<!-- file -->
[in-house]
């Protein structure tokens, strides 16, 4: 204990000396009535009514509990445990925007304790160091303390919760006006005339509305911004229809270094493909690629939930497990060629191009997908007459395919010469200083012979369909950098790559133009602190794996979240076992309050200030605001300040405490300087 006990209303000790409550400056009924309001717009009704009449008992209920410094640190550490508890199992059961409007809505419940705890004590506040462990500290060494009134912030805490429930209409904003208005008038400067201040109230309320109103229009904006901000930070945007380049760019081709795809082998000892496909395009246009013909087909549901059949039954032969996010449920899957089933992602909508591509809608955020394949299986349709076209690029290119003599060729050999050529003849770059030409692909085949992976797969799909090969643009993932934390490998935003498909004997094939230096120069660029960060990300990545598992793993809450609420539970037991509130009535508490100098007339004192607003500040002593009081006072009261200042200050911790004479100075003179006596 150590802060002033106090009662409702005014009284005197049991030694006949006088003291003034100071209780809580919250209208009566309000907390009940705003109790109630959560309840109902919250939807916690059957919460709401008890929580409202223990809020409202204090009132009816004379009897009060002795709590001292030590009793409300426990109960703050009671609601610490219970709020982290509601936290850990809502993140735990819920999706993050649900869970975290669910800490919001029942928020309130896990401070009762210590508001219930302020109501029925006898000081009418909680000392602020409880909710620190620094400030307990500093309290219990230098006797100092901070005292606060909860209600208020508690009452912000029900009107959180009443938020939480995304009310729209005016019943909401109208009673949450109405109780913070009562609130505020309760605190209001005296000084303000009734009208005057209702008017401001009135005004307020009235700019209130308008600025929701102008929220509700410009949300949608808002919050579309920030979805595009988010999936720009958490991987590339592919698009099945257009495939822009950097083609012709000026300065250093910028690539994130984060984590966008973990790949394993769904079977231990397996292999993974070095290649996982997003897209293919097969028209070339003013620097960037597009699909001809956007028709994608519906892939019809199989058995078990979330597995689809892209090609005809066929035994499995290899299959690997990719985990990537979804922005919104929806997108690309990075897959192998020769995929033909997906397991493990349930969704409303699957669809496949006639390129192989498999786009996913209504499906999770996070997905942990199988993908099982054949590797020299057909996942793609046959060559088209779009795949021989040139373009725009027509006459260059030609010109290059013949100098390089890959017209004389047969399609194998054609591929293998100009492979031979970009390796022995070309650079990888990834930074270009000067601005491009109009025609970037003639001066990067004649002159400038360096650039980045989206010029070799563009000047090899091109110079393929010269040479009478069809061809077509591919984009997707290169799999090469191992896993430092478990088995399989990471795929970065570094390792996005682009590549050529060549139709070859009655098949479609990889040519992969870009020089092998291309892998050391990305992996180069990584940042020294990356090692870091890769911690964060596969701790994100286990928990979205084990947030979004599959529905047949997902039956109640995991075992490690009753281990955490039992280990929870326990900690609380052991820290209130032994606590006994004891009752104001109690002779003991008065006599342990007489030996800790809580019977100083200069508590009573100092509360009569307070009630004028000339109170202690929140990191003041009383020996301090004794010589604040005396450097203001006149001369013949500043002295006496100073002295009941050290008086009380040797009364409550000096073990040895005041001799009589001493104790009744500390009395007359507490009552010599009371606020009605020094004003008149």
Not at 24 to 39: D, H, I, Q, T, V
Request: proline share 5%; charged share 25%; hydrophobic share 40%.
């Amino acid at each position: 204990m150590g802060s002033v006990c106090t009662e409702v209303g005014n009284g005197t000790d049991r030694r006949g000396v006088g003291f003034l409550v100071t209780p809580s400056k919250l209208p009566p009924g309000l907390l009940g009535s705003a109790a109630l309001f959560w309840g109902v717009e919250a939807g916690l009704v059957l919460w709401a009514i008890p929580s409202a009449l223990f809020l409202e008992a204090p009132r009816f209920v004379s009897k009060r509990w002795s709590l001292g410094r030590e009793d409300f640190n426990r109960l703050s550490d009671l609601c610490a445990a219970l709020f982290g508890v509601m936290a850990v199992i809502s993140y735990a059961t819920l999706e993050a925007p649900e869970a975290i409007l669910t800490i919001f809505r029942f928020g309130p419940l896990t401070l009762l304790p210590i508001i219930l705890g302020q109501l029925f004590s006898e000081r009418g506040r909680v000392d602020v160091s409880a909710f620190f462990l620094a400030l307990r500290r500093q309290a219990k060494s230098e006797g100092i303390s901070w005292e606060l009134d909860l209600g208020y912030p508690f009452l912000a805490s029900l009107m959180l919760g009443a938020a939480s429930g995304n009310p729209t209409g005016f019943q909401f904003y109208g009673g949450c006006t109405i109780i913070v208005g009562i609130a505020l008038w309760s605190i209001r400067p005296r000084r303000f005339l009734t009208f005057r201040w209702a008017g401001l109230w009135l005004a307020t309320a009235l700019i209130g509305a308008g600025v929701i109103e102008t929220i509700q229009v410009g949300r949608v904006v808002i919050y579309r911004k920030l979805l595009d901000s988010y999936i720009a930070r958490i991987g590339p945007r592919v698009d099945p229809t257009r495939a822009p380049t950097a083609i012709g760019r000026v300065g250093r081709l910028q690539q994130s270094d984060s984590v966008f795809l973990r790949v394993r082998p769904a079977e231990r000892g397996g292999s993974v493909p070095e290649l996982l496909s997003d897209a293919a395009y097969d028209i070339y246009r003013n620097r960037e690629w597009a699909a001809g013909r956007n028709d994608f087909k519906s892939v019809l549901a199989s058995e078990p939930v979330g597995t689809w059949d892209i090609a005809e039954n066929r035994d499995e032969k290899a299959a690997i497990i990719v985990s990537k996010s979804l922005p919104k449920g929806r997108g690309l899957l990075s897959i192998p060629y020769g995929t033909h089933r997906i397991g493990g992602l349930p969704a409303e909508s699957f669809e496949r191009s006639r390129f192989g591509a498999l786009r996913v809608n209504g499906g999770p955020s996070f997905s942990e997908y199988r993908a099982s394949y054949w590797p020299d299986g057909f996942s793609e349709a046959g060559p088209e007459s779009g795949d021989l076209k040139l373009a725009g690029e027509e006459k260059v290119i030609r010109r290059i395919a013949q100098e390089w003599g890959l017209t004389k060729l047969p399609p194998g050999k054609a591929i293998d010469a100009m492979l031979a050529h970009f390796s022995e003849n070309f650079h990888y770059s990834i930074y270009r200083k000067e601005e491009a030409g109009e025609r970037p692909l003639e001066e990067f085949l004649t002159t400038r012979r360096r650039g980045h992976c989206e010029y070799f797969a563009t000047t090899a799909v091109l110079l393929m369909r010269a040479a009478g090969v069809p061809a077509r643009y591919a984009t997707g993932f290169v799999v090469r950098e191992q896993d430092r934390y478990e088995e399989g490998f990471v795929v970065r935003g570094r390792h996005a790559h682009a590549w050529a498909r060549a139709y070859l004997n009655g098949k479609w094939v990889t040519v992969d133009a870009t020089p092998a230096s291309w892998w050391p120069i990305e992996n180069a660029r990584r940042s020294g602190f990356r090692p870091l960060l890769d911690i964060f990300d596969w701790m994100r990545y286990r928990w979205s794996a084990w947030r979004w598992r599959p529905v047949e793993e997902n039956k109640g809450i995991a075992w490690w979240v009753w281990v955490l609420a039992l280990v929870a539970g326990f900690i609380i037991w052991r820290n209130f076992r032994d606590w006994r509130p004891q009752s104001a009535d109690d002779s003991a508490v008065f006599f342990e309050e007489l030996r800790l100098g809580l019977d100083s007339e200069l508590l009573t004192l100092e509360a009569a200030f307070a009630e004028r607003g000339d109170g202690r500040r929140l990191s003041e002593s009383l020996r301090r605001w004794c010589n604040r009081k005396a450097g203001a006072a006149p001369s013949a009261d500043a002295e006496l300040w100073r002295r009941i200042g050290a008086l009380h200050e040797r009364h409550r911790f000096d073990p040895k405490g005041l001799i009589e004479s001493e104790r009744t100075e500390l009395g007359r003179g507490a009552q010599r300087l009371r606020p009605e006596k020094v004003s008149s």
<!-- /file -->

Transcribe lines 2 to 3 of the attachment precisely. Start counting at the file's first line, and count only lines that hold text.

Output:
């Protein structure tokens, strides 16, 4: 204990000396009535009514509990445990925007304790160091303390919760006006005339509305911004229809270094493909690629939930497990060629191009997908007459395919010469200083012979369909950098790559133009602190794996979240076992309050200030605001300040405490300087 006990209303000790409550400056009924309001717009009704009449008992209920410094640190550490508890199992059961409007809505419940705890004590506040462990500290060494009134912030805490429930209409904003208005008038400067201040109230309320109103229009904006901000930070945007380049760019081709795809082998000892496909395009246009013909087909549901059949039954032969996010449920899957089933992602909508591509809608955020394949299986349709076209690029290119003599060729050999050529003849770059030409692909085949992976797969799909090969643009993932934390490998935003498909004997094939230096120069660029960060990300990545598992793993809450609420539970037991509130009535508490100098007339004192607003500040002593009081006072009261200042200050911790004479100075003179006596 150590802060002033106090009662409702005014009284005197049991030694006949006088003291003034100071209780809580919250209208009566309000907390009940705003109790109630959560309840109902919250939807916690059957919460709401008890929580409202223990809020409202204090009132009816004379009897009060002795709590001292030590009793409300426990109960703050009671609601610490219970709020982290509601936290850990809502993140735990819920999706993050649900869970975290669910800490919001029942928020309130896990401070009762210590508001219930302020109501029925006898000081009418909680000392602020409880909710620190620094400030307990500093309290219990230098006797100092901070005292606060909860209600208020508690009452912000029900009107959180009443938020939480995304009310729209005016019943909401109208009673949450109405109780913070009562609130505020309760605190209001005296000084303000009734009208005057209702008017401001009135005004307020009235700019209130308008600025929701102008929220509700410009949300949608808002919050579309920030979805595009988010999936720009958490991987590339592919698009099945257009495939822009950097083609012709000026300065250093910028690539994130984060984590966008973990790949394993769904079977231990397996292999993974070095290649996982997003897209293919097969028209070339003013620097960037597009699909001809956007028709994608519906892939019809199989058995078990979330597995689809892209090609005809066929035994499995290899299959690997990719985990990537979804922005919104929806997108690309990075897959192998020769995929033909997906397991493990349930969704409303699957669809496949006639390129192989498999786009996913209504499906999770996070997905942990199988993908099982054949590797020299057909996942793609046959060559088209779009795949021989040139373009725009027509006459260059030609010109290059013949100098390089890959017209004389047969399609194998054609591929293998100009492979031979970009390796022995070309650079990888990834930074270009000067601005491009109009025609970037003639001066990067004649002159400038360096650039980045989206010029070799563009000047090899091109110079393929010269040479009478069809061809077509591919984009997707290169799999090469191992896993430092478990088995399989990471795929970065570094390792996005682009590549050529060549139709070859009655098949479609990889040519992969870009020089092998291309892998050391990305992996180069990584940042020294990356090692870091890769911690964060596969701790994100286990928990979205084990947030979004599959529905047949997902039956109640995991075992490690009753281990955490039992280990929870326990900690609380052991820290209130032994606590006994004891009752104001109690002779003991008065006599342990007489030996800790809580019977100083200069508590009573100092509360009569307070009630004028000339109170202690929140990191003041009383020996301090004794010589604040005396450097203001006149001369013949500043002295006496100073002295009941050290008086009380040797009364409550000096073990040895005041001799009589001493104790009744500390009395007359507490009552010599009371606020009605020094004003008149």
Not at 24 to 39: D, H, I, Q, T, V